how does the electoral college work?


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john l
November 2, 2004, 01:37 PM
I assume that when the popular vote is found in a state, then the state must cast all its electoral votes based on population, to the candidate.
is that correct?
john l

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R.H. Lee
November 2, 2004, 01:40 PM
http://www.fec.gov/pages/ecworks.htm

OF
November 2, 2004, 02:20 PM
States get to choose how they are going to designate their electors. Popular vote seems to be the way it's done, but there is no federal constitutional requirement or 'right' for an individual to cast a ballot for a federal office.

There is no 'right to vote' in this country. The states choose how to send their electors, that can happen in any number of ways. In 2000, the FL legislature picked the electors directly, it was only later that we found out that W won the popular vote.

- Gabe

Alan Fud
November 2, 2004, 02:39 PM
In over-simplified terms, the people of America do not elect the President, the States do. Each state is given a number of votes in proportion to the number of people that it has in relationship to the other states in the country. Then, which ever candidate gets the mosts votes in a state, they get ALL of the votes from that state.

For example, Texas has 34 electroral votes and California has 55. Let's say voting is fierce Bush gets 1,000,001 votes in Texas and Kerry gets 999,999. Bush would be entitled to all 34 of Texas's electroral votes.

Then let's say that it LOOKS like Bush has the election in the bag and voters in California decide to stay home. Let's say Bush gets 2 votes in California and Kerry gets 3 votes. Kerry would win in California and get all 55 of their electroral votes.

Kerry would have 1,000,002 popular votes (999,999 + 3) and Bush would have 1,000,003 popular votes (1,000,001 + 2) but Kerry would be in the lead with 55 electroral votes and Bush behind with 34 electroral votes.

That might be oversimplified but that's the way it works.

OF
November 2, 2004, 02:52 PM
Then, which ever candidate gets the mosts votes in a state, they get ALL of the votes from that state.Except in Maine and Nebraska, which split their electors depending on how the vote turns out.

I think the important thing to understand is that the only reason anyone gets to vote at all is because there are election laws in each state that say you can. For instance, the Pennsylvania state legislature could up and decide to make a law tomorrow that if Punxatawny Phil (the groundhog) sees his shadow, the state is going to send the republican electors to washington and there isn't anything the people can do about it except vote their elected representatives out of office.

Point being, there is no constitutional (federal, anyway) 'right to vote'. It's a republic, not a democracy.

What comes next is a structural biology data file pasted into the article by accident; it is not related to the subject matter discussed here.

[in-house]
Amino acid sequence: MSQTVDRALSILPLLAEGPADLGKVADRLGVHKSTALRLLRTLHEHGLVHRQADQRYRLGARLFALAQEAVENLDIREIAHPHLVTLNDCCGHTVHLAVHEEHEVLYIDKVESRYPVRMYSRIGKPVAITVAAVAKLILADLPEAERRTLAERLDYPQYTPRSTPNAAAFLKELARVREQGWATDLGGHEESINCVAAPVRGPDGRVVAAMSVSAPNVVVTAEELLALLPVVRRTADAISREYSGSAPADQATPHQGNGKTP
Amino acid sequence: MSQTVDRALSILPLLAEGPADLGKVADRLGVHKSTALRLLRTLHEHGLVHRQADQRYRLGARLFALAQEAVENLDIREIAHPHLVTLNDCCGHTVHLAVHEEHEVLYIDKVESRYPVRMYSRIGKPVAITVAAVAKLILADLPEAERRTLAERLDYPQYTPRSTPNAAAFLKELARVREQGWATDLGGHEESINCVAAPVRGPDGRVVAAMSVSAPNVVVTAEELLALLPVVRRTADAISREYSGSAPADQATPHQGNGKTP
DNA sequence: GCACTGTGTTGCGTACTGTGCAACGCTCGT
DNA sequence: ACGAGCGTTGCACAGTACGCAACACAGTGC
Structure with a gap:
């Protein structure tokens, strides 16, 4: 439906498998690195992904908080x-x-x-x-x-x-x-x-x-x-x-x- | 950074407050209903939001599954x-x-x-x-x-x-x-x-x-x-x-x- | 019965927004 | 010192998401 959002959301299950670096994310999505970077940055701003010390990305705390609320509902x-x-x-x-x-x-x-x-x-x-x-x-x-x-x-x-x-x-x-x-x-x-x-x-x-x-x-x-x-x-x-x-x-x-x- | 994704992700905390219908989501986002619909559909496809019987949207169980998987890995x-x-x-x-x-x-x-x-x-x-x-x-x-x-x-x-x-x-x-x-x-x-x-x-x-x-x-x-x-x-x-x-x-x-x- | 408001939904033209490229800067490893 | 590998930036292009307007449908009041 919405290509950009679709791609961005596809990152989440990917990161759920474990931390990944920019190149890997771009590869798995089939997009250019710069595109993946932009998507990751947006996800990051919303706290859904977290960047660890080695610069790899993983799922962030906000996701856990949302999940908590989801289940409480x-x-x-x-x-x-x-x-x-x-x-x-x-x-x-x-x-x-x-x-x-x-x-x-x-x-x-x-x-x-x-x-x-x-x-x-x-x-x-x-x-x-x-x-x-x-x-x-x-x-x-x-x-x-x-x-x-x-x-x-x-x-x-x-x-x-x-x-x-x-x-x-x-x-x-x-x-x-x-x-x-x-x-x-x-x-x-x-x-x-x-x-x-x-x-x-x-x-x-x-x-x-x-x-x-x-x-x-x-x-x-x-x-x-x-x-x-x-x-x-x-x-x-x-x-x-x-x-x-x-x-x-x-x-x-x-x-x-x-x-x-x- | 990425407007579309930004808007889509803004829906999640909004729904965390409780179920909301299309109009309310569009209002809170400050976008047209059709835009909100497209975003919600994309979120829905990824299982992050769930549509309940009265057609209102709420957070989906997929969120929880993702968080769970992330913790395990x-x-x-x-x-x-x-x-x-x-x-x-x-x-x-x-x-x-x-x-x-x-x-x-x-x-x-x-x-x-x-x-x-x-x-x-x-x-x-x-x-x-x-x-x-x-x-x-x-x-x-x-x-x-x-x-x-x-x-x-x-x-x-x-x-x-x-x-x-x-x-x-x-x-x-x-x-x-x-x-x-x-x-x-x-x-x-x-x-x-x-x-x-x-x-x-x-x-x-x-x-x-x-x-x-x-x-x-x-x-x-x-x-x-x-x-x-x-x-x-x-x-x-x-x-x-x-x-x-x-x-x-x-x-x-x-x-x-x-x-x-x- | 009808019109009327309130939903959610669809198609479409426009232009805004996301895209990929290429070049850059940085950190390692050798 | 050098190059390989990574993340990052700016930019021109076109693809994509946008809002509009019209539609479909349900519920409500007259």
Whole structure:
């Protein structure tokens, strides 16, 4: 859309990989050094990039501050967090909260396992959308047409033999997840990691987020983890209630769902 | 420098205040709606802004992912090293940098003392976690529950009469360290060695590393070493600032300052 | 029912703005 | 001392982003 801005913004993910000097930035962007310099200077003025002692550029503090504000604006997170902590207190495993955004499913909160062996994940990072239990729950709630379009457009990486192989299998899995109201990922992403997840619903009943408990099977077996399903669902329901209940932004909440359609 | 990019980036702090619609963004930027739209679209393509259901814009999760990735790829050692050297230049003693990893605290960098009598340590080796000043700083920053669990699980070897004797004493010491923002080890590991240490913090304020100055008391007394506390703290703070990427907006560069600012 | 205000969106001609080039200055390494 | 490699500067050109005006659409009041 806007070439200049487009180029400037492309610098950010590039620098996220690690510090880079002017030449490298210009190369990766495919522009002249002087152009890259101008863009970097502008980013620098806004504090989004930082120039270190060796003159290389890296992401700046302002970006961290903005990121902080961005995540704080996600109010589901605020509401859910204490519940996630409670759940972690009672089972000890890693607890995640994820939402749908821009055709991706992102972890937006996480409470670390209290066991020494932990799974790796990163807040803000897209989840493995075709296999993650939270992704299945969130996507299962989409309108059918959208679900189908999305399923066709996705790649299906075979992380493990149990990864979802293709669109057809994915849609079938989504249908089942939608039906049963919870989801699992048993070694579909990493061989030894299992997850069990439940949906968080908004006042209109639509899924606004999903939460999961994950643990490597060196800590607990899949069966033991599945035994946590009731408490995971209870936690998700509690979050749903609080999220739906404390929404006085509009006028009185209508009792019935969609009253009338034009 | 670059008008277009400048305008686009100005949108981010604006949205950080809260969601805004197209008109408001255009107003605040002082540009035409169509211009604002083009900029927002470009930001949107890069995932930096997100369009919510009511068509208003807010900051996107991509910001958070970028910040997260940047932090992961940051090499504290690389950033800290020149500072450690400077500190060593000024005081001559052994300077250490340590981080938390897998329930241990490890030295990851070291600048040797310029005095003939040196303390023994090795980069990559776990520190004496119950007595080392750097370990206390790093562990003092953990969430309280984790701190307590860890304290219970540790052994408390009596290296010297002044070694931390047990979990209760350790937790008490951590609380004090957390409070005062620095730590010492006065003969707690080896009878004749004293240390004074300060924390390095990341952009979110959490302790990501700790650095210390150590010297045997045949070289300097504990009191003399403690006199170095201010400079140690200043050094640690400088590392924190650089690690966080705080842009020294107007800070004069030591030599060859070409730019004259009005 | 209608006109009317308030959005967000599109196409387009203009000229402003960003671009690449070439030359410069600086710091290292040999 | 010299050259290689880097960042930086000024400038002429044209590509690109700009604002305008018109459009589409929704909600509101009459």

- Gabe

musher
November 2, 2004, 03:55 PM
Each state is given a number of votes in proportion to the number of people that it has in relationship to the other states in the country

Not exactly. Each state gets the same number of electoral votes as they have representatives in the house plus 2 for their senators.

This has the effect of giving low population states more votes than they would have if electoral votes were assigned in proportion to their population.

Waitone
November 2, 2004, 04:26 PM
The key to understanding the why of the electoral college is to know the United States is a union of independent political entities called states. The president of the union is to be selected by its members, states.

Founding fathers had to figure a way to permit two seemingly opposite needs to co-exist in one political system. There was a need to ensure proportional representation and there was a need to ensure a council of equals. The balance was struck by giving electors votes equal to the proportionate representation based on population (house members) plus a kicker (2 senators) for every state. The effect was to raise small state's influence in an election and diminish the effect of populous states.

In interpreting the extra innings of this election keep firmly in mind we are a union of states where states elect the chief executive of the union. We are not one country where we elect a ruler.

Old Fud
November 2, 2004, 04:42 PM
So far, so good.
Indeed, the state gets as many votes as it has federal representatives (determined by population) plus Senators (always 2)
And each state is entitled to select those voters by whatever method it wants to use --- which may or may not include voting.

In the words of the Ginzu man, "but wait, folks, there's more."
The voters who go to the electoral college to choose a president
(notice how I said that. It was carefully worded.)
Are REAL PEOPLE.

They are sent to the electoral college.
They meet. They discuss.
And then each person there casts his vote as he chooses to.
Which is exactly what the Electoral College was set up to do and why it works that way. So that Delegates meet, hammer out compromises, negotiate, and then choose who our next president shall be.

Consider what George C. Wallace was trying to do when he ran for president. He didn't hope to win! He did what he wanted to do -- He carried states -- he had electoral votes. If he could have pulled this off in a year where his votes made the difference between "R" and "D" as the next president, he would have been able to dictate terms. As it turned out, his gamble didn't pay off. The election was decided without him.

However, This arrangement also means that California could vote 80% for ****** (pick your poison), send 57 electors to college, and discover later they decided to vote for Bugs Bunny.
Who knows? They just might, too.

john l
November 2, 2004, 05:06 PM
thanks guys,
I knew the devil was in the details.
john l

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